Buckle up for a big cast of quirky small-town characters, but especially three brothers, their parents, and a murder in the family restaurant in Wisconsin. I love the Midwestern setting, and how Lan Samantha Chang—who is director of the renowned Iowa Writers Workshop at the University of Iowa—delivers a Dostoevsky-ian family drama told through multiple generations of Chinese American and immigrant perspectives.
YA author (and Minneapolis resident) Kelly Barnhill's first adult novel became a huge hit this year. Told through the voice of a young girl, it's an alternate-reality history hooked on "The Mass Dragoning of 1955," where thousands of wives, mothers, sisters and daughters spontaneously turn into dragons and leave their lives. The dragon metaphor at the center of this book is so satisfying and full of hope for a brighter, more equitable future for women.
You need to flip through this book to grasp the level of artistry that went into each page. It's so much more than a psychology book. Unique illustrations—combined with Brene Brown's singular research on the language we need to better connect with others and ourselves—demand a special place in your home library.
If you long for the days of getting lost in big fantasy novels as a kid, this one by TJ Klune is for you. Stuffed with mysteries and magic and children with special powers, it's a queer love story that will leave you smiling.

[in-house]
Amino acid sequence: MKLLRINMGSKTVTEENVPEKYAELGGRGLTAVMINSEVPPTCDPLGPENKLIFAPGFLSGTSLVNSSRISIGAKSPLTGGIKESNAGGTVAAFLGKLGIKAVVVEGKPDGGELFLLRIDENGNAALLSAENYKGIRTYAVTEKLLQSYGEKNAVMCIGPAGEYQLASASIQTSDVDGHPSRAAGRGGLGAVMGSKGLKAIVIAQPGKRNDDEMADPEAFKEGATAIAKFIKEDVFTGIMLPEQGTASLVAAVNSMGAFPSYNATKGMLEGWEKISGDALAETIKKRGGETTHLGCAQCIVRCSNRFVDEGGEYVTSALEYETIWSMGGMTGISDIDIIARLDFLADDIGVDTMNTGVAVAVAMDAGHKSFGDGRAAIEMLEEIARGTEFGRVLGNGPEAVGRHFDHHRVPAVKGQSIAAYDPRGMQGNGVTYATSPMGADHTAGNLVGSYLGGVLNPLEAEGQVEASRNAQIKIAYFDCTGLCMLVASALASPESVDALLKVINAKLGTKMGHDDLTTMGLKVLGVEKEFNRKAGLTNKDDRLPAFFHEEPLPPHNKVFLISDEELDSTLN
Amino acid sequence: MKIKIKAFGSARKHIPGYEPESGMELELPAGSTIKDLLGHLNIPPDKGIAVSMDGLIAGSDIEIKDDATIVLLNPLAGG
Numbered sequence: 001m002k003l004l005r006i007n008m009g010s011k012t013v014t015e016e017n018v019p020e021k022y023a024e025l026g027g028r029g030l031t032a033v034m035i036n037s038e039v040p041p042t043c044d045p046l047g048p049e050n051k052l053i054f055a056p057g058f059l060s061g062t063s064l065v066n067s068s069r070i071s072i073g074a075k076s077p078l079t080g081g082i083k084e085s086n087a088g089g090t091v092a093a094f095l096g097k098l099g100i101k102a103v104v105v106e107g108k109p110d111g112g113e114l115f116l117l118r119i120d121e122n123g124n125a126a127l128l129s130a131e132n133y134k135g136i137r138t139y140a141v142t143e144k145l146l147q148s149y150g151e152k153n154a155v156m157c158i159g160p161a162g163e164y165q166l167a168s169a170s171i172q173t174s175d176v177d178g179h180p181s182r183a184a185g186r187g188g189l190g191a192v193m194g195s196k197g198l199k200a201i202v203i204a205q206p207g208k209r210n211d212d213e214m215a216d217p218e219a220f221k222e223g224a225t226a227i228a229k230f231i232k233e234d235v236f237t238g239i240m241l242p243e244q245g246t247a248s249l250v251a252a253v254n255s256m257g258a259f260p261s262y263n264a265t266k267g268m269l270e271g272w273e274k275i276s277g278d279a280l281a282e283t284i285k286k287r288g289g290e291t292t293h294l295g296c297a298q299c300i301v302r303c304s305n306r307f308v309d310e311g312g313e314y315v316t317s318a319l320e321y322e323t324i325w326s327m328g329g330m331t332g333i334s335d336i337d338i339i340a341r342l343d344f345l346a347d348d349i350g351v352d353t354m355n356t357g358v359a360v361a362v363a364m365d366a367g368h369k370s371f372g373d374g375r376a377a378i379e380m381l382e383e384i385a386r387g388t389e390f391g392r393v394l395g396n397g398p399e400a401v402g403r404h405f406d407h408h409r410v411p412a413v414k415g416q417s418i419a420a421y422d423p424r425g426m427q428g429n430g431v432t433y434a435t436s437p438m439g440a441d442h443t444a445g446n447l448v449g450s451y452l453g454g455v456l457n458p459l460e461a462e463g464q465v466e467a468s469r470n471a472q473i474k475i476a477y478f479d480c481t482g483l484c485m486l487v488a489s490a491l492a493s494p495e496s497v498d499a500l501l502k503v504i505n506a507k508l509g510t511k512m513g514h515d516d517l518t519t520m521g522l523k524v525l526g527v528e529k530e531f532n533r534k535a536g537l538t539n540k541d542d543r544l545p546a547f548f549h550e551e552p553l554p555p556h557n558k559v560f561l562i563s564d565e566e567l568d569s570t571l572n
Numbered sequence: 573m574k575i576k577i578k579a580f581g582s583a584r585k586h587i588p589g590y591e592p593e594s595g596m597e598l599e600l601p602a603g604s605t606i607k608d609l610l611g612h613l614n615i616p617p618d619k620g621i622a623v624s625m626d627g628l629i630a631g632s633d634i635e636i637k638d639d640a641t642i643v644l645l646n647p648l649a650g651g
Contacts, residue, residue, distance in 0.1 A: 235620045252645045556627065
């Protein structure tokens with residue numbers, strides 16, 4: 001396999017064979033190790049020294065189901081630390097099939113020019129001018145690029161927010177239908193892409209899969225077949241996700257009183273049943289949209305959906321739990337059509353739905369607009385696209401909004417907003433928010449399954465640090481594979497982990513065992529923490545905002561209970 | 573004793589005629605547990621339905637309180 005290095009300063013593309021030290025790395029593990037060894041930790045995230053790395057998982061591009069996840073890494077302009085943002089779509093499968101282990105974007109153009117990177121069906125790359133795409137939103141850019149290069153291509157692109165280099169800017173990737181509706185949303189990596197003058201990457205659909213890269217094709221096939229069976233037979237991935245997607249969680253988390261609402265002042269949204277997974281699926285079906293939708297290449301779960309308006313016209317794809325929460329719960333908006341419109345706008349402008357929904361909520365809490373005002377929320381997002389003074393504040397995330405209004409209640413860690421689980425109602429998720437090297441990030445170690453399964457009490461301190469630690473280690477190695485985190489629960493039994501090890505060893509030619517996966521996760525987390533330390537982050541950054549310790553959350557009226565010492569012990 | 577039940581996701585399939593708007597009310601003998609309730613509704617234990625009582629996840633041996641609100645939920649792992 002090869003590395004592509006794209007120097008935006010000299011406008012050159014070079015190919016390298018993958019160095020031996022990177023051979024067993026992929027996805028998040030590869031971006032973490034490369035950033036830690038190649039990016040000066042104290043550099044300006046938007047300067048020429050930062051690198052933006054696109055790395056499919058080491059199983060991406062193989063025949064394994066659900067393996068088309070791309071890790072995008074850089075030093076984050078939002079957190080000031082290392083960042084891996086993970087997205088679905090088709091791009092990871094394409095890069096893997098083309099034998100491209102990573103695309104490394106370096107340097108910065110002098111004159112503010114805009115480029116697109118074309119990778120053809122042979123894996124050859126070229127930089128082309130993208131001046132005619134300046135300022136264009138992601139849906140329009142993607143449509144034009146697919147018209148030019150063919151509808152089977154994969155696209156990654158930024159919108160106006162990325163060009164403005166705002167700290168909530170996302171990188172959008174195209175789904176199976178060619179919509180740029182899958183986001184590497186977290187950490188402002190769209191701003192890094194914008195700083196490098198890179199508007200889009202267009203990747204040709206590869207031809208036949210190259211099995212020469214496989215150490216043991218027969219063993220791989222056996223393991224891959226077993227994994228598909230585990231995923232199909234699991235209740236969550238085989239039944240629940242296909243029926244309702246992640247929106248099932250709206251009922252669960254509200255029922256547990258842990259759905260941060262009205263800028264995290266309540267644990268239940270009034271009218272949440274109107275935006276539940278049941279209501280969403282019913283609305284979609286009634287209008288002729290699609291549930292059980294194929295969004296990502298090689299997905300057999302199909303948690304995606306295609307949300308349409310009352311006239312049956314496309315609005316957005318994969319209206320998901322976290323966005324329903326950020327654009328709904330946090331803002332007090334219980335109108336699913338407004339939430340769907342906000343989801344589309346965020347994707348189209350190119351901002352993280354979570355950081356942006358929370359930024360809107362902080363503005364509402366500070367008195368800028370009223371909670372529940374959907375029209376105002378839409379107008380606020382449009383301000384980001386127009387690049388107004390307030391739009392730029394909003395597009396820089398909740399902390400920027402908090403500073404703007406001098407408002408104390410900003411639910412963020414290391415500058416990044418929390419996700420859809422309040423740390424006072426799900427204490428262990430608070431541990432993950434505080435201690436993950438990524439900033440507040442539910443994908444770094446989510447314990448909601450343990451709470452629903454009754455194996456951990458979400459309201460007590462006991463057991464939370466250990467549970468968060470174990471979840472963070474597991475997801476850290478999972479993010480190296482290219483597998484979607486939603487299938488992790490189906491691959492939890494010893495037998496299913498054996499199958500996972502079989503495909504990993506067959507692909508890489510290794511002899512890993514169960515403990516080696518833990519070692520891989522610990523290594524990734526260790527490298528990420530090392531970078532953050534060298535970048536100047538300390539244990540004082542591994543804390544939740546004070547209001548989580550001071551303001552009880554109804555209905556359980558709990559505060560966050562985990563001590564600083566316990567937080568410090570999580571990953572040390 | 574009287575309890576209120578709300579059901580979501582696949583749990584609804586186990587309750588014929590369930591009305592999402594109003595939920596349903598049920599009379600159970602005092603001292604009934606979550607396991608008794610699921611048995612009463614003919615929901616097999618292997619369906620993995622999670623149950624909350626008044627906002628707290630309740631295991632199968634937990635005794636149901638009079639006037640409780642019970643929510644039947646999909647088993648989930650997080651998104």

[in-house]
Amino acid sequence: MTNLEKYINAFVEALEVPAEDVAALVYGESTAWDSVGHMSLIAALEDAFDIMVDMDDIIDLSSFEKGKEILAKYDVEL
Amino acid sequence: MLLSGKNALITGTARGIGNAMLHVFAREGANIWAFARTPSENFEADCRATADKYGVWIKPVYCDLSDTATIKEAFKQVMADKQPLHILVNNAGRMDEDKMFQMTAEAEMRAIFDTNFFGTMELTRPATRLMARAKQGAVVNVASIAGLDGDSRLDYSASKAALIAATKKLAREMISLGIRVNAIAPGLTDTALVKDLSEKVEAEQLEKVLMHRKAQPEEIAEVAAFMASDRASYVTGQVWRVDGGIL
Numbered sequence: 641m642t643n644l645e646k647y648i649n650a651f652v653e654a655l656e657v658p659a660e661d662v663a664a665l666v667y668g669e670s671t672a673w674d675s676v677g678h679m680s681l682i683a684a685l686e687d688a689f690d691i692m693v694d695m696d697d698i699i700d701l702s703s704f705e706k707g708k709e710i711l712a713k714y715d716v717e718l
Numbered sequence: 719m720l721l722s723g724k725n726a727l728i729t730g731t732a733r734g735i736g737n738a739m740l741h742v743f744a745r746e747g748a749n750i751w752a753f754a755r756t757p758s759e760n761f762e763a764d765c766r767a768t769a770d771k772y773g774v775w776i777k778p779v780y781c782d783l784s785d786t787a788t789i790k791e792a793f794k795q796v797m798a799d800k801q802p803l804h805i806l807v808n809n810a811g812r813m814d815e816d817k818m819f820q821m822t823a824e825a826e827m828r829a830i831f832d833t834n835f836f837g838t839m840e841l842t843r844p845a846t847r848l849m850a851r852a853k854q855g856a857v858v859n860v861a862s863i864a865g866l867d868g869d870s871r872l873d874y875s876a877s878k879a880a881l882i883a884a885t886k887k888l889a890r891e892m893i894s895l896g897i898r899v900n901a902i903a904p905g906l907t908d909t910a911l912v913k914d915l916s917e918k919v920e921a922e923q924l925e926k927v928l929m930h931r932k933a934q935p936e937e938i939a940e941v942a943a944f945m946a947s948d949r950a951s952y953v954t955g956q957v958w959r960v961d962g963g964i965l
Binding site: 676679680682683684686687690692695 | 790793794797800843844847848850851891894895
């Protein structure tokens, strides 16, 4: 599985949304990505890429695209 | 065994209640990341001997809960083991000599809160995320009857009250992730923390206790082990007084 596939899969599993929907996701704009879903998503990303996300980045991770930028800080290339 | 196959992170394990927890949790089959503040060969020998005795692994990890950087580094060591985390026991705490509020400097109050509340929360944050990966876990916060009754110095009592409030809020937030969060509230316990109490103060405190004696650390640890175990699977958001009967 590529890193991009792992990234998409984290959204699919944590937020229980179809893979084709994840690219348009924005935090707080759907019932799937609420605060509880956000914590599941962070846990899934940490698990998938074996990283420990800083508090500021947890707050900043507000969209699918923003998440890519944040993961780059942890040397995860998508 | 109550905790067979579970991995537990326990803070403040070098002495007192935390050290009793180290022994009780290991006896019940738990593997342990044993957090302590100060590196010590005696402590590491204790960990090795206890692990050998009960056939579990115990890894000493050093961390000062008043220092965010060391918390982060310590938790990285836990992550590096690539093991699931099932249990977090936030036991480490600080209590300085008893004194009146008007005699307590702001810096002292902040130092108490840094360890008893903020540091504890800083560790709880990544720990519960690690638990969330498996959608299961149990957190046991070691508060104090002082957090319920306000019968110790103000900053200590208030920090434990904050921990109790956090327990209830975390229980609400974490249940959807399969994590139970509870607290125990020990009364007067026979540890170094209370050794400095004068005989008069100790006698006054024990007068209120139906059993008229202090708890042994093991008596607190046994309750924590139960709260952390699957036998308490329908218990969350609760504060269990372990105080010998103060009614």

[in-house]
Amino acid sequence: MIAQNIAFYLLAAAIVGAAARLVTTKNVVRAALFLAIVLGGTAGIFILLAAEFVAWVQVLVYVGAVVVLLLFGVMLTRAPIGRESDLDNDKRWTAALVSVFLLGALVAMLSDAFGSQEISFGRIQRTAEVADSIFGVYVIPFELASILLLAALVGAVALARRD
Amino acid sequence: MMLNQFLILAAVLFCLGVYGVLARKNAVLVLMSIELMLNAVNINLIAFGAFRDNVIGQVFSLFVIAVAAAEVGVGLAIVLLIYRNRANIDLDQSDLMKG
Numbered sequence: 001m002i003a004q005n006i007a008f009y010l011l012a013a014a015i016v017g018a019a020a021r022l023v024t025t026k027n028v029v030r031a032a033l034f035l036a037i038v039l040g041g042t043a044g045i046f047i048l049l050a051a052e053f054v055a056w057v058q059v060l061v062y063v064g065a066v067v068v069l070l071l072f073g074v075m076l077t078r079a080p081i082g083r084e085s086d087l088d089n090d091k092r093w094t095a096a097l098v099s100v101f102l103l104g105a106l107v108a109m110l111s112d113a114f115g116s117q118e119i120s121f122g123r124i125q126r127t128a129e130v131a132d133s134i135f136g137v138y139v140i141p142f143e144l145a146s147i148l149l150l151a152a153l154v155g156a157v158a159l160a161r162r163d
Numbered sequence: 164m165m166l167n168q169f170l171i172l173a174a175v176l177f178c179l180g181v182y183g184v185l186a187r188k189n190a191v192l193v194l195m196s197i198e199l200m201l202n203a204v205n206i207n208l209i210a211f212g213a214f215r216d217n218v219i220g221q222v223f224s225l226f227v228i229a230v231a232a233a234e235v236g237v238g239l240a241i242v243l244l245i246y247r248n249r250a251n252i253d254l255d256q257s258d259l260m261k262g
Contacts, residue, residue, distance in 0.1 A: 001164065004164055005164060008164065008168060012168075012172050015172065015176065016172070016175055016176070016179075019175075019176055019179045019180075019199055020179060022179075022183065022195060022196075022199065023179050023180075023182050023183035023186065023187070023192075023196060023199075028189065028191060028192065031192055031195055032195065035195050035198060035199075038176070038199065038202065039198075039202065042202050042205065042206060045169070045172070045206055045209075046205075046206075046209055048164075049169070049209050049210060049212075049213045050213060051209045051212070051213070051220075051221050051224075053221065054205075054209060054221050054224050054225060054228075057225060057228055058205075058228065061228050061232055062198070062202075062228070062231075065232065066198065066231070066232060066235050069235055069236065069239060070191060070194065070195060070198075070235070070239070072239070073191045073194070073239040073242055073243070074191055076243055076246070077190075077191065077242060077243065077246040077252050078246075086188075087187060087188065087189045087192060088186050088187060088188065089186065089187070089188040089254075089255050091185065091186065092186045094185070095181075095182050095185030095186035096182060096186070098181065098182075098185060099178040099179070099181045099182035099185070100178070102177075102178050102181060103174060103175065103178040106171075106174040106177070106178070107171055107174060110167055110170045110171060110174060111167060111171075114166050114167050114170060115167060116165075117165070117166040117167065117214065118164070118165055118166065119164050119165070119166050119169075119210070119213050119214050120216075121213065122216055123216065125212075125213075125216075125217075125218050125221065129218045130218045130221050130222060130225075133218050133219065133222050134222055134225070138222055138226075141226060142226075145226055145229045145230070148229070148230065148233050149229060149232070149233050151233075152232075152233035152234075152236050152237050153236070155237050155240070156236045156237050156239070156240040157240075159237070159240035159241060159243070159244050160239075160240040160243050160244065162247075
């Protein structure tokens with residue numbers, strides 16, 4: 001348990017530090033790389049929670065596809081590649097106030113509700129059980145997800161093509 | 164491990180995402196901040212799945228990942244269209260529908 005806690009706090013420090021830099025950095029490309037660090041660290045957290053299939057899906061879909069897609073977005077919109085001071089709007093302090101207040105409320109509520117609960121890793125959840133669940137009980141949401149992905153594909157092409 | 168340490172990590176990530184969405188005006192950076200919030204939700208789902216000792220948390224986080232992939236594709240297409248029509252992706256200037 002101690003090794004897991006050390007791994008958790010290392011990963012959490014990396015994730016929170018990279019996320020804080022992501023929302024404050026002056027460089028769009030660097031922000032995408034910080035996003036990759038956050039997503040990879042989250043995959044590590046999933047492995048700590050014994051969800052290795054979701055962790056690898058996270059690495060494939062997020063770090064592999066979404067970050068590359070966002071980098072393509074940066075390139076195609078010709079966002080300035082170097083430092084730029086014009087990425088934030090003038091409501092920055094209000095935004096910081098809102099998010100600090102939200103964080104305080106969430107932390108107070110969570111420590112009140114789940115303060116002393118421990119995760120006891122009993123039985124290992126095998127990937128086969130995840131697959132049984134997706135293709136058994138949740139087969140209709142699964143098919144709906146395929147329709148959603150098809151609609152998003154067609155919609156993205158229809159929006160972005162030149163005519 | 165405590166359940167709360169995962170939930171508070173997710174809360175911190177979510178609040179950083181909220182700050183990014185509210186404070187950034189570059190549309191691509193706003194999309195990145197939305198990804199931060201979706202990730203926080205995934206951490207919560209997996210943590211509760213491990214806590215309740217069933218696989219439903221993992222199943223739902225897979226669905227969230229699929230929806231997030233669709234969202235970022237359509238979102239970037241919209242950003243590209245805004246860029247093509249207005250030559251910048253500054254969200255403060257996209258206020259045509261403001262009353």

Required reading. This generous memoir by University of Iowa writing professor Melissa Febos blends in interviews, pop culture and mythology. These are the kind of truth-telling essays that have the power to shift your thinking around what it means and what it meant to grow up in a female body.
Just when you think you know where this Black-authored thriller is going, Alyssa Cole adds three more twists! Sexy, funny, thrilling and you'll learn something about just how unsettling gentrification can be.
Based on over 30 years of research, this fascinating book by Bessel Van der Kolk—a doctor who directs The Trauma Center in Brookline, Massachusetts—is a compassionate and groundbreaking call to reconsider how we understand and treat trauma.
Denise Williams, a Black writer who lives in Des Moines, is a pro at empowering romances with strong themes of self-love and healing. This one is full of body positive messages, as the two main characters fall for each other while on assignment for work. (Think accidentally falling for your personal trainer.) Delightful.
A gorgeous honest memoir full of mouthwatering descriptions of food. Michelle Zauner reflects on the lovely and infuriating relationship she had with her Korean mother growing up, while she becomes a primary caretaker for her in her death. The lead singer of Japanese Breakfast, Zauner proves she's a moving, deft writer as well.
Mothers, sit up: This postpartum romp by Iowa City writer Rachel Yoder will make you feel oh-so-seen. An artist steps away from her career to stay at home with her young son and slowly becomes convinced she's turning into a dog by night, even as she grapples with mom-life by day. Surreal, funny and viscerally delicious.